PHILADELPHIA – Miles from the glitz, glitter and corporate free-for-all of the Republican National Convention, Maryland resident Alan Keyes was speaking to the party’s true believers.
Keyes, the third-running Republican candidate for president, was at the Union League building in downtown Philadelphia, talking to his people – the National Coalition for Life, an anti-abortion group founded by Phyllis Schlafly.
For him to speak at a sanctioned convention event in Philadelphia this week is “kind of a rare occurrence,” he wryly said.
Despite getting more than 1 million votes in this year’s primary and garnering 21 delegates, and despite his position as a Republican rarity – a black conservative – Keyes has been relegated to an off-screen role in the 2000 Republican National Convention.
Aside from an early birthday party – he turns 50 on Aug. 7 – Keyes spoke to only three of the hundreds of official and unofficial gatherings this week: BAMPAC, a minority political action committee, Schlafly’s anti-abortion group and the conservative Family Research Council.
And the events at which he was featured, were clearly on the “B” list – no corporate sponsorship, and underwhelming food. The luncheon at the Union League, also featuring New Hampshire Sen. Bob Smith, was an $85 ham sandwich and pasta salad.
Keyes seems not to notice or not to care about his apparent status as second-class candidate. His crusade continues, and next week he continues campaigning for other candidates around the country.
About his future political plans he said, “My plans don’t matter, I pray every day to find God’s plan.”
He’s proud of his role.
“The moral heart of the party was preserved,” he said.
The loyalty of Keyes’ supporters was also preserved. Many of them remain strongly committed to him personally, if not politically. At the Union League, he is more popular than Schlafly, Smith and a former Miss America combined. Most of his two-plus hours there are spent shaking hands, signing autographs and posing for pictures. Many of the adoring fans tell Keyes that he was their inspiration to vote.
That loyalty is not lost on Keyes. He refused to release his delegates to vote for nominee George W. Bush, as second-place finisher Sen. John McCain did. The reason? He wasn’t given a forum to do so.
Keyes’ little bit of dissension was one of the few ripples at this year’s convention, which Bush’s team worked hard to keep unified, unsuspenseful and positive.
His passion for the causes and his desire for the media attention it caused may be the real reasons Keyes did not release his delegates. Maryland Sen. Christopher McCabe, R-Howard, said, “[Keyes] continues to be a story … you wouldn’t be writing about him if he had released his delegates.”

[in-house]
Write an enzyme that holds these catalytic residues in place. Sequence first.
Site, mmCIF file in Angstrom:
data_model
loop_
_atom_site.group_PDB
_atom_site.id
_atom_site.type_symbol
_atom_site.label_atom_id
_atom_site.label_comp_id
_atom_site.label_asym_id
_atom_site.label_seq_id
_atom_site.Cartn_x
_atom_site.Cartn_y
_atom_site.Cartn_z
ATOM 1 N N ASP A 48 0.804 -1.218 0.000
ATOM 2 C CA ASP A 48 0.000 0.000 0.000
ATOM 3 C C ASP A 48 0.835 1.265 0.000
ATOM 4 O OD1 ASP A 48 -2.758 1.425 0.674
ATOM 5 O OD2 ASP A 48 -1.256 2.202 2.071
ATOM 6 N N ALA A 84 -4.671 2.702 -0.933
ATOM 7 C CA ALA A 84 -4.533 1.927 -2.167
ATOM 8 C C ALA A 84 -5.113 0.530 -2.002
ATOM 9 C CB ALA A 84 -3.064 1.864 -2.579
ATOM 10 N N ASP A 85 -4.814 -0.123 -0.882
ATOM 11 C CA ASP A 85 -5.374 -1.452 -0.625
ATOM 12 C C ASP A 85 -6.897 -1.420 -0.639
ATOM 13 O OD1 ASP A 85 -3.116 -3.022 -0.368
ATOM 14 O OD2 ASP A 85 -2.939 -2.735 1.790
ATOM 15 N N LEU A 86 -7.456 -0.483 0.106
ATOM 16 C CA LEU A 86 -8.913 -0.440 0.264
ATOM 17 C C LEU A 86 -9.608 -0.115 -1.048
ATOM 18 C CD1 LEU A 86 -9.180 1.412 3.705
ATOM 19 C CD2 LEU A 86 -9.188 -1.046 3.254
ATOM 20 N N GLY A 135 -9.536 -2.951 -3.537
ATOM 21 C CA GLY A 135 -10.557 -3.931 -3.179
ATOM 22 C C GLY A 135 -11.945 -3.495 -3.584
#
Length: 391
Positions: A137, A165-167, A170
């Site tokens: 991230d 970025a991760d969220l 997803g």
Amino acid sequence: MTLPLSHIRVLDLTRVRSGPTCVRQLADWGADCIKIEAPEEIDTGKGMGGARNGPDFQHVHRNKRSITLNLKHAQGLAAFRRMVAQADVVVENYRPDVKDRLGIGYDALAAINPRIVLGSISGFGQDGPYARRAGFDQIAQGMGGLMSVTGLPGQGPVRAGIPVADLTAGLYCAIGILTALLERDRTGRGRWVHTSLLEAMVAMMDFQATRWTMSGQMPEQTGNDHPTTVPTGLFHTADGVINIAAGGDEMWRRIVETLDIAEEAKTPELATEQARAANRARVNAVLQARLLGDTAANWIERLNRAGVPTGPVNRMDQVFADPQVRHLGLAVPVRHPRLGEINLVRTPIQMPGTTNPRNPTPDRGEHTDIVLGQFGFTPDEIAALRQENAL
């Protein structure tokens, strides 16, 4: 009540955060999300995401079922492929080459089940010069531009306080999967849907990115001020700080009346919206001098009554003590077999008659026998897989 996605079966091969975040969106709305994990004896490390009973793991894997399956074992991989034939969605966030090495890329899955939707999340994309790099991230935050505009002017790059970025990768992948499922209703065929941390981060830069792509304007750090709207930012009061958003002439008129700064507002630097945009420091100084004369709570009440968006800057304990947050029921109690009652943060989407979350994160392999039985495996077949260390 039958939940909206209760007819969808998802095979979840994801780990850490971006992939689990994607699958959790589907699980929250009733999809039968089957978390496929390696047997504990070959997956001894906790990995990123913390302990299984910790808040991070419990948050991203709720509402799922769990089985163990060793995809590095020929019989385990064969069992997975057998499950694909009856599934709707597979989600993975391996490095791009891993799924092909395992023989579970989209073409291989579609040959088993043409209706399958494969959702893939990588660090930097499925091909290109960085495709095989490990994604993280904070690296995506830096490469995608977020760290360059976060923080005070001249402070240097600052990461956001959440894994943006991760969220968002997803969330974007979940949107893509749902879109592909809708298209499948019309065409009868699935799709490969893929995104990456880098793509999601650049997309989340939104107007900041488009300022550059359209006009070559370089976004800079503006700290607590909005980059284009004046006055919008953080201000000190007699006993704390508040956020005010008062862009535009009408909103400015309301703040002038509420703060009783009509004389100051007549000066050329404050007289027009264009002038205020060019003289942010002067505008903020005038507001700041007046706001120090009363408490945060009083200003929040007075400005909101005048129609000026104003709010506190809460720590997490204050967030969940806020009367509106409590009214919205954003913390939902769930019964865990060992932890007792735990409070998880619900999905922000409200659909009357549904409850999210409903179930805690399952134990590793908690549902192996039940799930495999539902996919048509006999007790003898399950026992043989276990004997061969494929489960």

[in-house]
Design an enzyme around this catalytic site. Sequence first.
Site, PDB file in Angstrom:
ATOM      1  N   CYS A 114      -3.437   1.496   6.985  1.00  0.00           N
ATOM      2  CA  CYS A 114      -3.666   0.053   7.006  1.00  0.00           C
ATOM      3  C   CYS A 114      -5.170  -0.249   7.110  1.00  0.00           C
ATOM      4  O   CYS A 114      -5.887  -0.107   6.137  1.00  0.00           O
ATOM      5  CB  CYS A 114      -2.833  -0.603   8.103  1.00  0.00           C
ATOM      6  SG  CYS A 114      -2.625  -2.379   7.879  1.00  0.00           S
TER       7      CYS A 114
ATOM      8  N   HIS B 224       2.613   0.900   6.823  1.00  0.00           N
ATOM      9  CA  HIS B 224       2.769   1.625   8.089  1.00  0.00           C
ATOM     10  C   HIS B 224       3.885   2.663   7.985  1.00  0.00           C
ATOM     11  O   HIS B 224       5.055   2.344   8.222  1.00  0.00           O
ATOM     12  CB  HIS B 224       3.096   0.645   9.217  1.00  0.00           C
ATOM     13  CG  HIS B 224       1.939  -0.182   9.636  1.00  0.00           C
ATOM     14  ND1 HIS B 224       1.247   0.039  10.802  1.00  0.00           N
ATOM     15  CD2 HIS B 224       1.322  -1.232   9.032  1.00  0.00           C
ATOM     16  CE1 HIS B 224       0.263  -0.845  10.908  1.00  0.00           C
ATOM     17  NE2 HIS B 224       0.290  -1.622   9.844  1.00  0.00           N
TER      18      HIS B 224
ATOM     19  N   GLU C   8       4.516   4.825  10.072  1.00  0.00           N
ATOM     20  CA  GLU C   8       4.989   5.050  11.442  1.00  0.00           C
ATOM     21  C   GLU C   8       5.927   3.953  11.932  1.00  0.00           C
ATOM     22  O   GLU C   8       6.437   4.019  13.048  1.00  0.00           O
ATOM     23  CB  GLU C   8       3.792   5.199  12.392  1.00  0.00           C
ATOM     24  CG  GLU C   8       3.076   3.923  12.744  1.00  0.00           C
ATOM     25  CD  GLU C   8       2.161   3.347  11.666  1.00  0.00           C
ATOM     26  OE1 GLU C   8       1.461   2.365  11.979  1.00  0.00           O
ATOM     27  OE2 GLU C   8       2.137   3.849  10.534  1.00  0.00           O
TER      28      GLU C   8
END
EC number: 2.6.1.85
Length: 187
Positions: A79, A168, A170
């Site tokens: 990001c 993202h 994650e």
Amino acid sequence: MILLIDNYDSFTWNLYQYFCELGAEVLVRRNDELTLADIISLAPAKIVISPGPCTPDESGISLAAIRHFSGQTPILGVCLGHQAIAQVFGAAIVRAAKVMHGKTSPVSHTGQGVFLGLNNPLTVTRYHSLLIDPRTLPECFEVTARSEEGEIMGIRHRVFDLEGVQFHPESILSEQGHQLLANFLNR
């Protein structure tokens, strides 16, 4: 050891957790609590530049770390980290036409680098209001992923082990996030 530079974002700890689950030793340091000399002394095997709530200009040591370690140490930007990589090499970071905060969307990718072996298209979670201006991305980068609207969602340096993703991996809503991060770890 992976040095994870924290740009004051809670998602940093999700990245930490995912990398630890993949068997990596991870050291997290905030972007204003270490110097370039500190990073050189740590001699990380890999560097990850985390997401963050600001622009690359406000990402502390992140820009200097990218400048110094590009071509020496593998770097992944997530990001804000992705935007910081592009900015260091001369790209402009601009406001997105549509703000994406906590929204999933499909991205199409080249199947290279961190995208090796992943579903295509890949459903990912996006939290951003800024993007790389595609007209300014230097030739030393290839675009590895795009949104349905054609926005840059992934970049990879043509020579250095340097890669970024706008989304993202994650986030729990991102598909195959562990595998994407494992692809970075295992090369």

McCabe also pointed out that Keyes’ supporters are the most passionate and dedicated anti-abortion constituents in the party, and Keyes may not have wanted to send the message to his followers or the party that the anti-abortion cause was no longer important.
The party retained the anti-abortion plank in the platform, but tucked it into a section on family issues, rather than highlighting it as it has in the past.
Keyes continues to trumpet his conservative message as the party conscience, even after two failed presidential campaigns and two failed Senate campaigns. At the Union League, Keyes employed his passion and eloquence to defend his strict constructionist view of the Constitution.
Keyes’ passion, however, has liabilities. Even supporters admit that his views are too narrowly focused and not in the mainstream.
Eileen Coffey, a Keyes Republican from Greenville, S.C., said, “I wish he could be president, but the perception is that he’s too far right for the public.”
McCabe acknowledged that Keyes has attracted a strong national following But he doesn’t address a wide enough range of issues to go any farther. He said he wished Keyes would use his popularity to help the party: “My hope for [Keyes] is that he begin to use his skills and intellect on a broad range of issues.”
There is also sentiment among some Maryland Republicans that Keyes has focused on the national races and ignored the state party.
State Party Chairman Richard Bennett said “[Keyes] has no role in Maryland politics. I know of no Maryland Republican that he interacts with; he hasn’t been on the convention floor to talk with anyone.”